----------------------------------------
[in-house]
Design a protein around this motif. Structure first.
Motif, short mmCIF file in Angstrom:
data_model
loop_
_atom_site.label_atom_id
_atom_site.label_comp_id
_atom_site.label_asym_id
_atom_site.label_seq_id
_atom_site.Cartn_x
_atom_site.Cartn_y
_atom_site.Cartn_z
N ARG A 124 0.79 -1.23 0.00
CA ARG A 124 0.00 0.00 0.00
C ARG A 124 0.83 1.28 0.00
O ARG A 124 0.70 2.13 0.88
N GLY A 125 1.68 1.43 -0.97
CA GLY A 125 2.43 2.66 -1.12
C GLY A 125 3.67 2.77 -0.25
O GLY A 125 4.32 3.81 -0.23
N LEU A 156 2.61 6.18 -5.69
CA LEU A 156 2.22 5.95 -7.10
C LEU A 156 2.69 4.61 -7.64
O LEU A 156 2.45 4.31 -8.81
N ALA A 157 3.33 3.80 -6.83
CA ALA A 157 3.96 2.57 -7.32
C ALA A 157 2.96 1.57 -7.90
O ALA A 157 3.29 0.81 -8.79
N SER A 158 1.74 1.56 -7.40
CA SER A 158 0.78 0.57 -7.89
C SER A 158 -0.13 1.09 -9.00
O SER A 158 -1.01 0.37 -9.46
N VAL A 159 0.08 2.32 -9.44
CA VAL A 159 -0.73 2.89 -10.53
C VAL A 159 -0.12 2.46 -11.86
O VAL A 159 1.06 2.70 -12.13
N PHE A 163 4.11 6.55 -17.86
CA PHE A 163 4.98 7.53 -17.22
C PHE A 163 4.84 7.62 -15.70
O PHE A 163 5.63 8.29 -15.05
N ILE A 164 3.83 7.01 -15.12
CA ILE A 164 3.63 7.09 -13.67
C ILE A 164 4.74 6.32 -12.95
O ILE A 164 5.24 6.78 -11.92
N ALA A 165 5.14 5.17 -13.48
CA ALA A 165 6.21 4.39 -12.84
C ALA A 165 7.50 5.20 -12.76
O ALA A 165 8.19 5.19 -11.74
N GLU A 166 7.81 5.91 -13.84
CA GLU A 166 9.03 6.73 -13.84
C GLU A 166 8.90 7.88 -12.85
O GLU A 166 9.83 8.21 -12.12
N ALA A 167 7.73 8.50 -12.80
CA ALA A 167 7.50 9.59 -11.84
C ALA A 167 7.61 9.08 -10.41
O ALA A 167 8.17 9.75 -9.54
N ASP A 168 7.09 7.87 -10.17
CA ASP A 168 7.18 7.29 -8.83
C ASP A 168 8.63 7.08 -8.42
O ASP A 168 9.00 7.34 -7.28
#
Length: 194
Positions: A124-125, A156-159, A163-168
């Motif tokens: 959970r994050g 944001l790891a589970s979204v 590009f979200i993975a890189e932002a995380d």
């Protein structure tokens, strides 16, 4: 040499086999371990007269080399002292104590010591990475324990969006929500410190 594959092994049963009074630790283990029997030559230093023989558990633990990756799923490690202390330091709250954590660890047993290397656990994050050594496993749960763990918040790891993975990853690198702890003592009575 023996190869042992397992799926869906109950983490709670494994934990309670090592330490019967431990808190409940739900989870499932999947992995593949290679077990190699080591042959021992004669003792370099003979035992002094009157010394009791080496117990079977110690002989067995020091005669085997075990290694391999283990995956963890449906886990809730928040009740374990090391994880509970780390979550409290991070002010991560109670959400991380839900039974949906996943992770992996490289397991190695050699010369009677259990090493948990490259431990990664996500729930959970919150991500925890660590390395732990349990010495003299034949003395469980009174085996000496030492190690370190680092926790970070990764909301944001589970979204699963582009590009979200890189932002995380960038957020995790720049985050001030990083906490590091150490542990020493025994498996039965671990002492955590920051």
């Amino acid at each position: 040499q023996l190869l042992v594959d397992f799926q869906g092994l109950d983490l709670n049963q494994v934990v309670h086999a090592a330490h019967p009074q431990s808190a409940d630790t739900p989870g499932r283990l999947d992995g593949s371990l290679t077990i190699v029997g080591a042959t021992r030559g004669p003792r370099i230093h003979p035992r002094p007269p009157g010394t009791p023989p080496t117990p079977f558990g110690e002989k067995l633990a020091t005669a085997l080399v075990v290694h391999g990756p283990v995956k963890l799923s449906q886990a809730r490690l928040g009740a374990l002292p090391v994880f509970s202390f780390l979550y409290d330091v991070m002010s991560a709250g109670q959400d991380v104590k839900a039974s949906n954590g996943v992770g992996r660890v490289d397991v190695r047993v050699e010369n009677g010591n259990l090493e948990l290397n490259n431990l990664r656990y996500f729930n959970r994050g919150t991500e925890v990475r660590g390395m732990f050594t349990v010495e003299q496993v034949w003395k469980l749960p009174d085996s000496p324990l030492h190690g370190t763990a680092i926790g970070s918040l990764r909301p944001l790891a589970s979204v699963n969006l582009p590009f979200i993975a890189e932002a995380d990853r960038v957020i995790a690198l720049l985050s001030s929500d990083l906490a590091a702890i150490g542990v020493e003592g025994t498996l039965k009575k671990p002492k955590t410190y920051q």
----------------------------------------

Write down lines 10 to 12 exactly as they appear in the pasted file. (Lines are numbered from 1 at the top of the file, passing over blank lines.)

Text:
_atom_site.Cartn_x
_atom_site.Cartn_y
_atom_site.Cartn_z